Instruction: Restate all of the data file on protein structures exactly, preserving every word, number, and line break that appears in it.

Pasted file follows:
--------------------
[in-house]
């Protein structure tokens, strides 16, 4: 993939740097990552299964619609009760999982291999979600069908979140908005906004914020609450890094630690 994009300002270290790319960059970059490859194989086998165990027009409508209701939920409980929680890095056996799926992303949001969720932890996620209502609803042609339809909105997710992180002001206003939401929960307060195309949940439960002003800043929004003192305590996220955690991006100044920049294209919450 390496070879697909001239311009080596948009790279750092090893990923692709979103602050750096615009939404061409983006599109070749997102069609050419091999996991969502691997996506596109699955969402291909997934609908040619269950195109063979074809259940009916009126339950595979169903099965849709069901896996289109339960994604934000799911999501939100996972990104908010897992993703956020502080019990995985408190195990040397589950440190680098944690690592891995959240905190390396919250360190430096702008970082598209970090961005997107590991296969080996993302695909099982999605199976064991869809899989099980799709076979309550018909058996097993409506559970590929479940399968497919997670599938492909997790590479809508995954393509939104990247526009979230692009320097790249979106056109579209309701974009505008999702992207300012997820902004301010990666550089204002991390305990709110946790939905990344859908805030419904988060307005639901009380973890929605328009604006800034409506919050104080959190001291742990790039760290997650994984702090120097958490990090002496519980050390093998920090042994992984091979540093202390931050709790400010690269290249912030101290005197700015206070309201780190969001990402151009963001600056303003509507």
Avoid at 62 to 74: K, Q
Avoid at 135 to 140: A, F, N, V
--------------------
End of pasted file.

[in-house]
């Protein structure tokens, strides 16, 4: 993939740097990552299964619609009760999982291999979600069908979140908005906004914020609450890094630690 994009300002270290790319960059970059490859194989086998165990027009409508209701939920409980929680890095056996799926992303949001969720932890996620209502609803042609339809909105997710992180002001206003939401929960307060195309949940439960002003800043929004003192305590996220955690991006100044920049294209919450 390496070879697909001239311009080596948009790279750092090893990923692709979103602050750096615009939404061409983006599109070749997102069609050419091999996991969502691997996506596109699955969402291909997934609908040619269950195109063979074809259940009916009126339950595979169903099965849709069901896996289109339960994604934000799911999501939100996972990104908010897992993703956020502080019990995985408190195990040397589950440190680098944690690592891995959240905190390396919250360190430096702008970082598209970090961005997107590991296969080996993302695909099982999605199976064991869809899989099980799709076979309550018909058996097993409506559970590929479940399968497919997670599938492909997790590479809508995954393509939104990247526009979230692009320097790249979106056109579209309701974009505008999702992207300012997820902004301010990666550089204002991390305990709110946790939905990344859908805030419904988060307005639901009380973890929605328009604006800034409506919050104080959190001291742990790039760290997650994984702090120097958490990090002496519980050390093998920090042994992984091979540093202390931050709790400010690269290249912030101290005197700015206070309201780190969001990402151009963001600056303003509507």
Avoid at 62 to 74: K, Q
Avoid at 135 to 140: A, F, N, V